Monday, July 11, 2011

Rest Day for the Tour de Fleece

This is the first rest day on the grueling Tour de France and for those of us crazies who are participating in the Tour de Fleece 2011 on the Ravelry forum of the same name. I've chosen to enter in the categories of Rookie, Peleton, Team Canada, Team Bosworth, Team Spindle Wheel and Team Newfoundland and Labrador.

I've been on a very steep learning curve-perhaps an 11% grade to put it in cycling terms. I've gone from the stop and drop stage with the drop spindle to spinning a passable, pliable fibre. With my Bisson flyer wheel, I'm actually spinning for up to two whole minutes without having to stop and re-thread the orifice or hand-start the wheel! Here is a picture of that wheel with yesterday's bobbin.

Today is the weekly knit night at my closest yarn shop, Unwind Yarn & Gifts. I'm actually looking forward to a break from all the spinning and having a chance to knit. Mastering spinning is giving me a renewed perspective on what it is like to be a beginner again, and hopefully the experience will make me a better knitting teacher.

Friday, June 10, 2011

Back in the Game

It has been an interesting year at Sheep Dip Cottage. The flock has been on the move! And it has been quite a journey. We have re-located from southern Canada to the southern United States.

Life has focused on packing, selling, buying, emigrating, moving, unpacking, and renovating. Luckily, there has also been time for knitting, designing, and even a little spinning.

Sheep Dip Cottage Designs is proud to be a sponsor of the second year of Project Yarnway on Ravelry. You can connect with all the inspiring designs at Sheep Dip Cottage Designs will be giving some 'Vintage Buttons for Knitters' to the winners in both the amateur and professional categories.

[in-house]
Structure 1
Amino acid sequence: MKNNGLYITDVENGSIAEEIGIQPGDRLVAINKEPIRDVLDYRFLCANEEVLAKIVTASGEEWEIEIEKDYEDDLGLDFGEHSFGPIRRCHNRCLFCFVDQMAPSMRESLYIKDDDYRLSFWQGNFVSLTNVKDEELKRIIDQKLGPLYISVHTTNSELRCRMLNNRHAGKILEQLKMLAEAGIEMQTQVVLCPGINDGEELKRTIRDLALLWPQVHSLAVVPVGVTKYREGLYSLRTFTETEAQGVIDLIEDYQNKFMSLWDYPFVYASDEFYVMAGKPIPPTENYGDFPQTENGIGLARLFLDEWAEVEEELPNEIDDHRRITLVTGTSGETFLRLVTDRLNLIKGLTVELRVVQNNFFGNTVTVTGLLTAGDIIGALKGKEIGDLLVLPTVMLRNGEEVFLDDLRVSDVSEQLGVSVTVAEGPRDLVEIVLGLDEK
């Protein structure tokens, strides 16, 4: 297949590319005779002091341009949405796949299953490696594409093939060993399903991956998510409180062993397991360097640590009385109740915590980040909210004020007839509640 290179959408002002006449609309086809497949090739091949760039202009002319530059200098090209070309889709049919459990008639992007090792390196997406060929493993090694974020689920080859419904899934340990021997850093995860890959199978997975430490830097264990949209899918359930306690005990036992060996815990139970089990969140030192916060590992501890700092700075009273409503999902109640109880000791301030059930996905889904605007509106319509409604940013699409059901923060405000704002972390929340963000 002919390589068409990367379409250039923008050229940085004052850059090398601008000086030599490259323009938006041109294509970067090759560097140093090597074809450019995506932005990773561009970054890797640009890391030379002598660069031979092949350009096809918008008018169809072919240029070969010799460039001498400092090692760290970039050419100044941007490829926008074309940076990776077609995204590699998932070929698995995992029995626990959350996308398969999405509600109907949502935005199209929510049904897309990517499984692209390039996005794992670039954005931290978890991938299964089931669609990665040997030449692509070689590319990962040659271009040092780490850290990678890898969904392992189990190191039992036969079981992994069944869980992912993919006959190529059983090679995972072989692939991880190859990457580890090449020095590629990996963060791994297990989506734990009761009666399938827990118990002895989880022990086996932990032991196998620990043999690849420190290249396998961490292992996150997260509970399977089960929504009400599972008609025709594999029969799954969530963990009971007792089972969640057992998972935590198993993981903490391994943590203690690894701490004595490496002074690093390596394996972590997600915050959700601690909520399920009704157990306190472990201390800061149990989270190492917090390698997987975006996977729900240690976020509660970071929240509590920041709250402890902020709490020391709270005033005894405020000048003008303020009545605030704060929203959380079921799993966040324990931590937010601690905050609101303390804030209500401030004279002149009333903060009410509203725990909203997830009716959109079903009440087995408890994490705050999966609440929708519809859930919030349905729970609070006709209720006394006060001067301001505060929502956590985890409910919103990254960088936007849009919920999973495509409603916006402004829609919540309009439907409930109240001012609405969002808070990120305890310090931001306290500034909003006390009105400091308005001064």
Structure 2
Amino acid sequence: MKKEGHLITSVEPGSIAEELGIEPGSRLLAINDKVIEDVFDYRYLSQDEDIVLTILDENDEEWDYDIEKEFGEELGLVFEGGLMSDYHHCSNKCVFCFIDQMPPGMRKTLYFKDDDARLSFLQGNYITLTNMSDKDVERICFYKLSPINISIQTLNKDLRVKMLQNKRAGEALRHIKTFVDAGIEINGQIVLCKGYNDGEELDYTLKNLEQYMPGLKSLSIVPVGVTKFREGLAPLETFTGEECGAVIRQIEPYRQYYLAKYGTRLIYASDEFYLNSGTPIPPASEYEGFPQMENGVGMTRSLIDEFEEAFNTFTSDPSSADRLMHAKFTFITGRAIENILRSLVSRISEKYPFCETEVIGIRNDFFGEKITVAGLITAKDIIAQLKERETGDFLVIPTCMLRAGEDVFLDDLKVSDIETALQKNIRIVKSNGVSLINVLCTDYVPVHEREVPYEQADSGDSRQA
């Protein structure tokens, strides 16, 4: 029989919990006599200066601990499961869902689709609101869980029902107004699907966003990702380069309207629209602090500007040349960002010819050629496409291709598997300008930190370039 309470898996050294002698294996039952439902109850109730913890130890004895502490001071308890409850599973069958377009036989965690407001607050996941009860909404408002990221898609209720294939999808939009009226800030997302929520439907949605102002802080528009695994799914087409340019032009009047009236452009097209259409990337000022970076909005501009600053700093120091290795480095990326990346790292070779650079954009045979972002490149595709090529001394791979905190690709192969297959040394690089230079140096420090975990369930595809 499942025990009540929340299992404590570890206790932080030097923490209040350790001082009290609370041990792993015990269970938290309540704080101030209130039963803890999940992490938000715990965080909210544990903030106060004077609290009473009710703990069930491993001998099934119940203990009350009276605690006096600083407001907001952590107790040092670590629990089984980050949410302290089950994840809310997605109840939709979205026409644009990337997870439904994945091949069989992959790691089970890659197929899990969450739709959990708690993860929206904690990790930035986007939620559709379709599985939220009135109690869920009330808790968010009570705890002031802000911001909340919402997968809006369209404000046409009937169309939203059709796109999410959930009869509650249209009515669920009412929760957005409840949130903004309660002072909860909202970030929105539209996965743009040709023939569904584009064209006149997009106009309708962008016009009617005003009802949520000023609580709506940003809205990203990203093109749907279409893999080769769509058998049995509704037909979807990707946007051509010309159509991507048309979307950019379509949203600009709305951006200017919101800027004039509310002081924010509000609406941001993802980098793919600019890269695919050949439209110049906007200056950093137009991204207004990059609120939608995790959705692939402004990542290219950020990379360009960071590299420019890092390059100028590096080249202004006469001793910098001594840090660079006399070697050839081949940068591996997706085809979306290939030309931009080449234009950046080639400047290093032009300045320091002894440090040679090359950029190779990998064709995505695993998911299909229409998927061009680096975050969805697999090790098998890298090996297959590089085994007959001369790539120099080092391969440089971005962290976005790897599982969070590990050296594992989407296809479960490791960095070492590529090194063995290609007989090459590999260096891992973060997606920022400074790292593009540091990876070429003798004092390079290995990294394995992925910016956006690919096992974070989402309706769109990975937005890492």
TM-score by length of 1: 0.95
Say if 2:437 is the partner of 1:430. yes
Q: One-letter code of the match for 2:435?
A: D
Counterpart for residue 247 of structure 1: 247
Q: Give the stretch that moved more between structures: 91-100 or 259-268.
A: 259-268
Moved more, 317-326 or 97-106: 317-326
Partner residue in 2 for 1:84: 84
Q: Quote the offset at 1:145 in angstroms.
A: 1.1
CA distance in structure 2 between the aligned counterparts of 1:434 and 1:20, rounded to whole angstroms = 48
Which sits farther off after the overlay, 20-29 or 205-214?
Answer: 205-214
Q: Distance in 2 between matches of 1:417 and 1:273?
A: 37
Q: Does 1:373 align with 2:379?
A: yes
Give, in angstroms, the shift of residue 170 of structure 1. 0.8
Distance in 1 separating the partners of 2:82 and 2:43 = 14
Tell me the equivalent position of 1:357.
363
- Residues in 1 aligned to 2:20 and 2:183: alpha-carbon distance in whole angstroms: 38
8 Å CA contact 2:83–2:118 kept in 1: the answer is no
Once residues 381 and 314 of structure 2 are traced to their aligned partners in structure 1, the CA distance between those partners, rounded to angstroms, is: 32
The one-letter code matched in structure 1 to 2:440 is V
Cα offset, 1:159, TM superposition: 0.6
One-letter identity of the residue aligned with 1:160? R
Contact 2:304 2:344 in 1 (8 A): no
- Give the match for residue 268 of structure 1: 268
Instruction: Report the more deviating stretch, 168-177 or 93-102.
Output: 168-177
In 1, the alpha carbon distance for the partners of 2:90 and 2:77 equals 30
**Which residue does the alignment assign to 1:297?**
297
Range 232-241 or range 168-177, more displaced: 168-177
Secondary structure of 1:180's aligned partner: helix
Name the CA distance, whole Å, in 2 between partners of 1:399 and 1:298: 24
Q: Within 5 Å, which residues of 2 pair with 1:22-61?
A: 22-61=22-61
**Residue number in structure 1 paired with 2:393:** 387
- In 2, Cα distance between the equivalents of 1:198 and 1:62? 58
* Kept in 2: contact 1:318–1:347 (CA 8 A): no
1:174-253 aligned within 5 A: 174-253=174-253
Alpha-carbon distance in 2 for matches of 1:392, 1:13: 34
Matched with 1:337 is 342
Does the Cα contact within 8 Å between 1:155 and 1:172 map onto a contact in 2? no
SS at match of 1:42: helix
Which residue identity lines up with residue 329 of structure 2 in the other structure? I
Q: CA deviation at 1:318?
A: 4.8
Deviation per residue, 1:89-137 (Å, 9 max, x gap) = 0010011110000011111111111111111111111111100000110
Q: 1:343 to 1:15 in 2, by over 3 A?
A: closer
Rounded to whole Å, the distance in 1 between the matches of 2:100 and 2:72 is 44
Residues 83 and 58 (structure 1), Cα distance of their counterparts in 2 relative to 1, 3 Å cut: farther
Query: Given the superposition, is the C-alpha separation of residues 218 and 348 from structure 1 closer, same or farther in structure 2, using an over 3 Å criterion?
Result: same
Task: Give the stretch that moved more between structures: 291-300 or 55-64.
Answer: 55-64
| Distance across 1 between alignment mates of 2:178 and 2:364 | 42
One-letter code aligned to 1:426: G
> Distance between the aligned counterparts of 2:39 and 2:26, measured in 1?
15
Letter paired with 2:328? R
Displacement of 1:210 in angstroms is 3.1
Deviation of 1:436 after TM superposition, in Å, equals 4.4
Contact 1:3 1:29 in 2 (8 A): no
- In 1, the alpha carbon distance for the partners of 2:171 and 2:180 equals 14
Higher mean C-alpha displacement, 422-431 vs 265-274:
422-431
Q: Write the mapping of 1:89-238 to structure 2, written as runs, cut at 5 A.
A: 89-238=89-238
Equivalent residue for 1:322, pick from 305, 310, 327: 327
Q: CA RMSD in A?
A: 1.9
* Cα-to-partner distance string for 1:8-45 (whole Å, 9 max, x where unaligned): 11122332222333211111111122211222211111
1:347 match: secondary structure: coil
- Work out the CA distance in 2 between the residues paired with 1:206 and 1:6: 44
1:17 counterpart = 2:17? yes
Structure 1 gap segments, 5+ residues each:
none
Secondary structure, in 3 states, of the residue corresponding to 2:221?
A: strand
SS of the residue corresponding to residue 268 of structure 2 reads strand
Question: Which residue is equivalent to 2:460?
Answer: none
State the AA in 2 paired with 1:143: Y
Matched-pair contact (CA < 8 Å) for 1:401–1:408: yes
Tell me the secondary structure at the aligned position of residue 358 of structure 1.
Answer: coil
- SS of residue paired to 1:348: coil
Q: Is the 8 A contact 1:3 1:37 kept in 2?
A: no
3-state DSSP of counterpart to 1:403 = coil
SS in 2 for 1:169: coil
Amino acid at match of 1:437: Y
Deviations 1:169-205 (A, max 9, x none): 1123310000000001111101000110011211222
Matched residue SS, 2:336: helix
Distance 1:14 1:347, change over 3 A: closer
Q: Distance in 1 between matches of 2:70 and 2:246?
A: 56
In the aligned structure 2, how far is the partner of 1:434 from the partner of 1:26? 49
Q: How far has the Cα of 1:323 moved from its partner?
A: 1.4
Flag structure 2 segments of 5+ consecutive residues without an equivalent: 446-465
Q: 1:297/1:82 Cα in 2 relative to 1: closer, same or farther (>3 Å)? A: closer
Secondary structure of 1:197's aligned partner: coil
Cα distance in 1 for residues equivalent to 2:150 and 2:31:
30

Tomorrow is World Wide Knit in Public Day here in Savannah, Georgia, USA. A group of dedicated knitters are gathering in historic Forsyth Park to knit, visit, and share our love in knitting. I hope that knitters all over the world will take the time in the following week to flaunt our passion for yarn and needles.

Tuesday, April 20, 2010

Second Sleeve Syndrome

Many knitters are stricken with the disease known as Second Sock Syndrome. This is a sense of hopeless repetition and lethargy that sets in once the first sock of a pair has been knit and the second one awaits. I am told that it is quite a common disease, but luckily, one from which I do not suffer.

For me, it is sleeves. Like feet, arms come in pairs. Sleeves are usually much longer than socks. Most often they start small (at the cuff) and then get bigger and bigger as one increases up the circumference of the arm. Once reaching the armhole, there is a freakishly long way to go to ultimate cast off at either the shoulder or the neckline. One sleeve is bad enough. But the knitter must face two of them. To me it is often the breaking point of sweater completion. The back is done. The front is done. The first sleeve is done. And there the sweater sits, huddled in the bottom of the knitting basket, hoping against hope that the knitter will come back to finish the final sleeve.
This time, I have decided that I am going to change the order in which I knit a sweater. The back is almost completed-no problem. Rather than doing the fronts next, I am going to cast on both sleeves at the same time (on very long straights) and "head for the hills"-in this case, my shoulders. Only after the sleeves have been done will I tackle the two small cardigan fronts. Let's hope this strategy pays off.

The sweater is the Creme Caramel Cardigan from the Patons book called Brilliantly Divine. I needed a quickie, no-brainer project that would knit up in no time and with relatively little yarn. Only after I was mostly through the back did I realize that the book is called "Brilliantly Divine" because each sweater uses both Patons Brilliant and Patons Divine yarns. I only have the Divine, but I figure I can improvise when I get to the trim. Pictures will follow.

In the meantime, here is a picture of my swatch for the April Project Yarnway challenge on Ravelry. It is going to be a grocery bag, but one that will stand out in a crowd.

Thursday, April 15, 2010

So Many Projects-So Little Time

Life has been very full and exciting of late. This week knitting and gardening are filling my time with pleasure.